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Notice of Permit Applications Received Under the Antarctic Conservation Act of 1978

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Notice of Permit Applications Received under the Antarctic Conservation Act of 1978.


The National Science Foundation (NSF) is required to publish a notice of permit applications received to conduct activities regulated under the Antarctic Conservation Act of 1978 Public Law 95-541. NSF has published regulations under the Antarctic Conservation Act at Title 45 Part 670 of the Code of Federal Regulations. This is the required notice of permit applications received.


Interested parties are invited to submit written data, comments, or views with respect to this permit application by February 27, 2012. This application may be inspected by interested parties at the Permit Office, address below.


Comments should be addressed to Permit Office, Room 755, Office of Polar Programs, National Science Foundation, 4201 Wilson Boulevard, Arlington, Virginia 22230.


Polly A. Penhale at the above address or (703) 292-7420.


The National Science Foundation, as directed by the Antarctic Conservation Act of 1978 (Pub. L. 95-541), as amended by the Antarctic Science, Tourism and Conservation Act of 1996, has developed regulations for the establishment of a permit system for various activities in Antarctica and designation of certain animals and certain geographic areas a requiring special protection. The regulations establish such a permit system to designate Antarctic Specially Protected Areas.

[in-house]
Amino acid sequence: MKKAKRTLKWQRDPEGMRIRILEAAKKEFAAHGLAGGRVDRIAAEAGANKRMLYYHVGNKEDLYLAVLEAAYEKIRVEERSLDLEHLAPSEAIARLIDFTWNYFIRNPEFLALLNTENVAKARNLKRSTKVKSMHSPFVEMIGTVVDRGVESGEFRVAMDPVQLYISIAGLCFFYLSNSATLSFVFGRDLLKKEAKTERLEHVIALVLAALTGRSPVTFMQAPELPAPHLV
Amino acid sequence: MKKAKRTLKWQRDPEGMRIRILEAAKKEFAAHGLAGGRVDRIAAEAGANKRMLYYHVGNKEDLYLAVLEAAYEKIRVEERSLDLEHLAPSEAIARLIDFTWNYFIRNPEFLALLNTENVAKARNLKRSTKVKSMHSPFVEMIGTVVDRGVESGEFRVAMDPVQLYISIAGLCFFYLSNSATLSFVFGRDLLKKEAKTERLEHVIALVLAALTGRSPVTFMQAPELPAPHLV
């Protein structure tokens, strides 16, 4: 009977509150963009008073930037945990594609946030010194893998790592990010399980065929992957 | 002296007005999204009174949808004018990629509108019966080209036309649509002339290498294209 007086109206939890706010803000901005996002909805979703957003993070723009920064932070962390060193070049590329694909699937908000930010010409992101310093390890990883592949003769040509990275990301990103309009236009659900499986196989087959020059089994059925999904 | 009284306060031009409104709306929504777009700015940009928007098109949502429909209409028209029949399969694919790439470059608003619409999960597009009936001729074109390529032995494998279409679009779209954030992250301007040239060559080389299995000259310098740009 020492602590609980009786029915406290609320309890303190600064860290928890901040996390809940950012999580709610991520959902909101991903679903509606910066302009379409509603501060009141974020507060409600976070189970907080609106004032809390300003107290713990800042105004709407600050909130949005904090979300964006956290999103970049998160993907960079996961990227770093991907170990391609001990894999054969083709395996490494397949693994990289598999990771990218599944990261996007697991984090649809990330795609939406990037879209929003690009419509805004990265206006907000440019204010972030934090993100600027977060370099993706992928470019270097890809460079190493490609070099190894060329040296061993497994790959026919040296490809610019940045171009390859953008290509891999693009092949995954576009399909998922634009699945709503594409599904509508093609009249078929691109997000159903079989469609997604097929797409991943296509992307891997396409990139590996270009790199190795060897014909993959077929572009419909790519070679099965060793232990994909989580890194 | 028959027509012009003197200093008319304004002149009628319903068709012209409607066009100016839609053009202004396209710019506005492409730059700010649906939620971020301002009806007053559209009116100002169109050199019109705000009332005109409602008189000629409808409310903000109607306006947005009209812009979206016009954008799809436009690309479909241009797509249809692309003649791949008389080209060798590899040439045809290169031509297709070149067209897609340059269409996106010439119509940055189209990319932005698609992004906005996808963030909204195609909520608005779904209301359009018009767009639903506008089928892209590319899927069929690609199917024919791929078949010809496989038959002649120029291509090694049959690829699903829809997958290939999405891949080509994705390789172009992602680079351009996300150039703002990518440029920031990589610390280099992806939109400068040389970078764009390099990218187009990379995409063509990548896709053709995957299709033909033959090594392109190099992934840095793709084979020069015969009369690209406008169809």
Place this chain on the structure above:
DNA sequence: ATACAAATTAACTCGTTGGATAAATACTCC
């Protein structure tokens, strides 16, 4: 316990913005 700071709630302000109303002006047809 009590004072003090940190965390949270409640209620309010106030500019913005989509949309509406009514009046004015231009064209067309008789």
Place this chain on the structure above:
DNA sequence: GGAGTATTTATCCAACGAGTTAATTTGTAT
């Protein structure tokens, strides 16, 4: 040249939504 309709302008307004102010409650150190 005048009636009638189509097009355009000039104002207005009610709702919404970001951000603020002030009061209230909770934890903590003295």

The applications received are as follows:

1. Applicant

Permit Application: 2012-012.

Charles D. Amsler, Jr., Department of Biology, University of Alabama, Birmingham, AL 35294-1170.

Activity for Which Permit Is Requested

Take and Import into the U.S.A. The applicant plans to take from the Palmer Station area approximately 20 brown marine algae, 30 green marine algae, 10 red marine algae, and 10 diatom marine algae to sublimate cultures of filamentous Antarctic macroalgae and diatoms previously isolated in culture but require additional strains, particularly of filamentous green algal endophytes for future study. The applicant will use these samples to understand the interactions of epiphytic and endophytic algae (both filamentous macroalgae and diatoms) with larger macroalgae and with mesoherbivores such as amphipods. The cultures will be maintained at the home university.


Palmer Station, Anvers Island, Antarctic Peninsula.


April 1, 2012 to July 31, 2013.

Nadene G. Kennedy,

Permit Officer, Office of Polar Programs.

[FR Doc. 2012-1619 Filed 1-25-12; 8:45 am]